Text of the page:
It's this 108MP camera that's in charge of zooming in up to 3x, so we shot a comparison at an intermediate 2x magnification level - the pioneering zoom level in smartphone 'tele' cameras. The Note doesn't convert its full-res 108MP advantage into a 2x advantage and it's mostly a toss up in this particular comparison, and neither is particularly likeable for detail level and rendition. The S21 Ultra is still noisier in the skies and applies stronger sharpening, but whatever minor differences there may be, they're mostly immaterial.
Switching to 3x, it's a battle between the S21 Ultra's dedicated mid-range zoom cam and the Note 20 Ultra's main module, though the Note may throw in some center detail from the tele cam when the stars align (we haven't been able to figure out when the fusion works and when not). For three out of four samples here, the merging has kicked in (not for the balcony blinds in the second shot), though we do have a shot from the first scene with no contribution from the tele.
Now, since we equalized the 'x' designation and not the actual coverage, you'll notice that the Note's FoV is slightly tighter and objects are slightly bigger in its images - that's understandable, given that 3x here should technically be a 78mm equivalent focal length, while the S21 Ultra's telephoto camera is about 72mm. This will be a common theme going forward too, so let's accept it and move on.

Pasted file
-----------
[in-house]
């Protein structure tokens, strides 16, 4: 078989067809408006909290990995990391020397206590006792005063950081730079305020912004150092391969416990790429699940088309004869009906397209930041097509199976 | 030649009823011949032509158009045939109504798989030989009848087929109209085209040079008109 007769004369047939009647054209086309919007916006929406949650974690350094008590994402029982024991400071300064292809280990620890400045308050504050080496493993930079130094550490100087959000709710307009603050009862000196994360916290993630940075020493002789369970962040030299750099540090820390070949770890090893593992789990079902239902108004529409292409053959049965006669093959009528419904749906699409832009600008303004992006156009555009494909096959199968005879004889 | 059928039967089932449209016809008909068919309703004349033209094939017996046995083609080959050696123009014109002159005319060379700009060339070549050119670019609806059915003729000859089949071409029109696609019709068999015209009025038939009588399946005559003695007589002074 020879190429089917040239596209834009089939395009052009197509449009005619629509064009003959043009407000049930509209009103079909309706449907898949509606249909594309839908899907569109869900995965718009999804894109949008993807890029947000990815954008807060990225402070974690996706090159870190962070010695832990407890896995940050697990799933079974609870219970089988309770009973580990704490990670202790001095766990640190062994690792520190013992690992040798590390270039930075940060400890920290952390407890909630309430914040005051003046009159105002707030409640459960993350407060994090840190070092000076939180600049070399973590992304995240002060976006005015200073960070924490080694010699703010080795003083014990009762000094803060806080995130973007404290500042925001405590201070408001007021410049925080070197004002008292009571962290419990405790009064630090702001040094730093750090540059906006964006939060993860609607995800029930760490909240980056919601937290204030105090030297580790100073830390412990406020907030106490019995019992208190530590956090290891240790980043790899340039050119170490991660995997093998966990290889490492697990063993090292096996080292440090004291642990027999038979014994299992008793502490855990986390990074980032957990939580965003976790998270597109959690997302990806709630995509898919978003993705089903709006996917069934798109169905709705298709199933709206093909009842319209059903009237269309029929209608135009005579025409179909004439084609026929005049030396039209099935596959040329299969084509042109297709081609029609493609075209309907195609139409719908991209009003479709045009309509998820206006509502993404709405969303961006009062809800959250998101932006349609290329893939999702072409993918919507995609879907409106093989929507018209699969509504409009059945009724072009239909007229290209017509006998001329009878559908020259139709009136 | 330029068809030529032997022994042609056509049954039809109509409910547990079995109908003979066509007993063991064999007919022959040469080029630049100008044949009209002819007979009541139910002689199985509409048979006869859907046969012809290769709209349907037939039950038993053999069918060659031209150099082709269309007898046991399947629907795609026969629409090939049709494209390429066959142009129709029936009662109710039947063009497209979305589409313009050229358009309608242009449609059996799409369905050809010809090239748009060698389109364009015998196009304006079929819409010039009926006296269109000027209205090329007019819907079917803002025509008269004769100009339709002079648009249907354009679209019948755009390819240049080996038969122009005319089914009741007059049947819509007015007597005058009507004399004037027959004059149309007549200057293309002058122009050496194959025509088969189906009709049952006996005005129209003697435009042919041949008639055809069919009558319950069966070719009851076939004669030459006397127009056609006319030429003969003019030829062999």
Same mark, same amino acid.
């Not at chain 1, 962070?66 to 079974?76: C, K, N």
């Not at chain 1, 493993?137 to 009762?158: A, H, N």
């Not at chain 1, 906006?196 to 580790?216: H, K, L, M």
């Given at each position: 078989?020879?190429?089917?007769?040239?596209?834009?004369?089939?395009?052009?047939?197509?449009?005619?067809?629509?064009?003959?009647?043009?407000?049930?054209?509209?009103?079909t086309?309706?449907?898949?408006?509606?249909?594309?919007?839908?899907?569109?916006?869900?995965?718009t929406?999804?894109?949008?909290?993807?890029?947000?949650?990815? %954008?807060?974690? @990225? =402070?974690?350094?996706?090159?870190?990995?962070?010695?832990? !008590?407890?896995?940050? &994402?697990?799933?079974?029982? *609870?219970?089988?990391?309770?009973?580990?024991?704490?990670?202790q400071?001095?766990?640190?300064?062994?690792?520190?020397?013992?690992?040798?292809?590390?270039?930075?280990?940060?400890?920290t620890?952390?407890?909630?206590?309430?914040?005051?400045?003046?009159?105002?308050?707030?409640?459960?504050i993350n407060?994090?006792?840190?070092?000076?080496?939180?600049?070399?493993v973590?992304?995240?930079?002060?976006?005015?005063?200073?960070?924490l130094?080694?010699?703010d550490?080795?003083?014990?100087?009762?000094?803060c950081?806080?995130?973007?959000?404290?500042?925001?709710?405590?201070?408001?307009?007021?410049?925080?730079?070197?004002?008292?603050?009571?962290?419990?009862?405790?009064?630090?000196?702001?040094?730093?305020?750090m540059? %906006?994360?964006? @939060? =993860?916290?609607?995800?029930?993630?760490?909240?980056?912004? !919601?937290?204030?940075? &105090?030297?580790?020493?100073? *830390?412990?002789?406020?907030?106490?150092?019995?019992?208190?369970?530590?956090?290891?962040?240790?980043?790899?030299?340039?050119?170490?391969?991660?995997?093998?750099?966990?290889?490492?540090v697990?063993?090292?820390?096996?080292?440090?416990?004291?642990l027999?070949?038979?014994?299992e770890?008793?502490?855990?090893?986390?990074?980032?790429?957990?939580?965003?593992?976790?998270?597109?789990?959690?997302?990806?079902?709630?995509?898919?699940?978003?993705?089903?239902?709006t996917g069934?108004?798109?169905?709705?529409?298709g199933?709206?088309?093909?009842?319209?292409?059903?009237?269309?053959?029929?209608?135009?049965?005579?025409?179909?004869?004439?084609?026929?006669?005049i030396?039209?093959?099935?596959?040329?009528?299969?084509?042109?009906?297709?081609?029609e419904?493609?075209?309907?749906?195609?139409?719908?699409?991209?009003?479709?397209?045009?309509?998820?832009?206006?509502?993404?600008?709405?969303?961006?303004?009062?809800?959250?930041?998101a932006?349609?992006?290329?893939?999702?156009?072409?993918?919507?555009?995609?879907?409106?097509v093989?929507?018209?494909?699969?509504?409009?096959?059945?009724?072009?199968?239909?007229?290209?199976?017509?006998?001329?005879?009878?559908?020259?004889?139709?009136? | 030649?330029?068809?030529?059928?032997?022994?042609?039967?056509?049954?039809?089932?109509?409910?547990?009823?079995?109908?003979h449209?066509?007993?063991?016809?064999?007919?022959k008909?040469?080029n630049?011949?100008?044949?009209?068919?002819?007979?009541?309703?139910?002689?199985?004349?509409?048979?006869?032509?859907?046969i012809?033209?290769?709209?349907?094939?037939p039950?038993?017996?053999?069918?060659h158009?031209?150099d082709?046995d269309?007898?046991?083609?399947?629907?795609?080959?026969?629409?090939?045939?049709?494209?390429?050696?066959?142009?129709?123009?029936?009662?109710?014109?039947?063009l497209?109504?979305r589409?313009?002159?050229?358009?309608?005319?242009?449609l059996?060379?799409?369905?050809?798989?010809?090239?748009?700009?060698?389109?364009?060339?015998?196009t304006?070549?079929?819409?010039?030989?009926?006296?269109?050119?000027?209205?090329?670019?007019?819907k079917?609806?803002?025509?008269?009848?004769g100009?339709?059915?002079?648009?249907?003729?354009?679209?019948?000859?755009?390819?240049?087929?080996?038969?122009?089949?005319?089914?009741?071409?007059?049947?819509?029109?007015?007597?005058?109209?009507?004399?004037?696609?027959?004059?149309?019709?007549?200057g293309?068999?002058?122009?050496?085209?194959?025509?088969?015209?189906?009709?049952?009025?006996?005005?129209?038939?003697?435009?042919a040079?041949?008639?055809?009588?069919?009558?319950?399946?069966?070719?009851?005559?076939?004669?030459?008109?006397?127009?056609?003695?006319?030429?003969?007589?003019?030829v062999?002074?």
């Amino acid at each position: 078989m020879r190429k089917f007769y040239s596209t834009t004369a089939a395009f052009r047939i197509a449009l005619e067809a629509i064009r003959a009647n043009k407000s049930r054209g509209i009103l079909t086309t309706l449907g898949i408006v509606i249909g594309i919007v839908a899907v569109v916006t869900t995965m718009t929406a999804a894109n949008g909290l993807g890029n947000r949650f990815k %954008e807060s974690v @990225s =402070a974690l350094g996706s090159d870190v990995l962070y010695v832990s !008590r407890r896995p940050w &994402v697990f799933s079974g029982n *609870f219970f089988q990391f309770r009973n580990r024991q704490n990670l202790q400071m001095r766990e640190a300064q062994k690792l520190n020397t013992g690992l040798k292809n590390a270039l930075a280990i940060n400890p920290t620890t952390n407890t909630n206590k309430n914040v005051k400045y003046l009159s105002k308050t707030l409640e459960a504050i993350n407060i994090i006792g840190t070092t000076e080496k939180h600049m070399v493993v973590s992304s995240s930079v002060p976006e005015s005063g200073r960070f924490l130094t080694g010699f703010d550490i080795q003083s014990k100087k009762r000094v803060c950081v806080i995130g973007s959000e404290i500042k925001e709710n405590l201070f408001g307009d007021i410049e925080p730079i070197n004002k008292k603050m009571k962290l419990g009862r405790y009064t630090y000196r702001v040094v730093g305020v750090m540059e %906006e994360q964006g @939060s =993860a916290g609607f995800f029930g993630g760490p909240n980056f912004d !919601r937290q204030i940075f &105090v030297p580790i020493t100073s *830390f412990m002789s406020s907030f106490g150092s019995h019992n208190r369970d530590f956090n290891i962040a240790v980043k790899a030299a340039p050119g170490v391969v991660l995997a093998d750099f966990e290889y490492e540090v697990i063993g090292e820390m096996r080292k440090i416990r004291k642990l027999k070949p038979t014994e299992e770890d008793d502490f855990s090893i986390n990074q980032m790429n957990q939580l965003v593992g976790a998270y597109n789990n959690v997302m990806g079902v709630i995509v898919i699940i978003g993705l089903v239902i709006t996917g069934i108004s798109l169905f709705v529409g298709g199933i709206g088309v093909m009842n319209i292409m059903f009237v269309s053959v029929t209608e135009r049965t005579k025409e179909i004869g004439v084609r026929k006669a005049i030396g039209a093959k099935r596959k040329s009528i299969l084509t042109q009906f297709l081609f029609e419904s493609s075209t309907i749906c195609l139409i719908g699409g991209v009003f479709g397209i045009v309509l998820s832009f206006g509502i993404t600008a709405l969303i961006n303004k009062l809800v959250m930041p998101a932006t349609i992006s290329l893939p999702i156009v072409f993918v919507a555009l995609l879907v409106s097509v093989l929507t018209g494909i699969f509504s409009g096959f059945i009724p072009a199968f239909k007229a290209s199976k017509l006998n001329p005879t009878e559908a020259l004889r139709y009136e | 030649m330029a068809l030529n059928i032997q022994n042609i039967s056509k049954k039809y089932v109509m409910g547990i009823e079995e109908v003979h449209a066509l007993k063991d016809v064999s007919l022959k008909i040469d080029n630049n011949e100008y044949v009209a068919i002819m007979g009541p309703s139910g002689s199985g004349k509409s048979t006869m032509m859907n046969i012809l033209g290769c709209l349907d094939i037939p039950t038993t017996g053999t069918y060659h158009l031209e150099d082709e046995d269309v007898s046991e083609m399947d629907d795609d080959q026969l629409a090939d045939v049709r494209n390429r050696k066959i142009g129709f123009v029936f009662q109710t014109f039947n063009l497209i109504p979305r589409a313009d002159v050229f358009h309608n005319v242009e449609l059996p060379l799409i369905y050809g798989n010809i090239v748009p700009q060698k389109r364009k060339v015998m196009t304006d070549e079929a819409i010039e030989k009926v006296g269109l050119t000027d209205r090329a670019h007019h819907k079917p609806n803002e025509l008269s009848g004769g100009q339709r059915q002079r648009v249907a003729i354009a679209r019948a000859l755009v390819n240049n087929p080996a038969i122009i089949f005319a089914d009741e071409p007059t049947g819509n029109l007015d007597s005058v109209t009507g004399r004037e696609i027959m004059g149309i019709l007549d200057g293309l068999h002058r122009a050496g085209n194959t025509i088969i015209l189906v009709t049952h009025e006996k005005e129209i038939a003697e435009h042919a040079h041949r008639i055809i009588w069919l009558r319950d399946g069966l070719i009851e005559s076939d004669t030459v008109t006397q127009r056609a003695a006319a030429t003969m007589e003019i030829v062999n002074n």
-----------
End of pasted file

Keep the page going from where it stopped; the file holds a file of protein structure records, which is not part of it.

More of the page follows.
So when the Note does actually put both its cameras to work it will get you sharper results in the center than what the S21 Ultra can muster. Naturally, with the periphery of its images filled in by the main cam, the Note loses there. In a lot of scenes, that's good enough - most of the time your subject is in the center of the frame anyway. However, with the Note's proven unreliable behavior in these situations, the consistent dedicated 3x of the S21 Ultra seems like the better option.
The new phone's lax attitude towards noise does show in these as well, with notably more grain in uniformly colored areas. The Note's aliasing jaggies in the periphery can be even more annoying though.
At 5x zoom, where the entirety of the Note's frame is covered by its tele camera, it snatches an easy win for sharpness and detail. It's practically noise-free, too, and has better micro-contrast as well.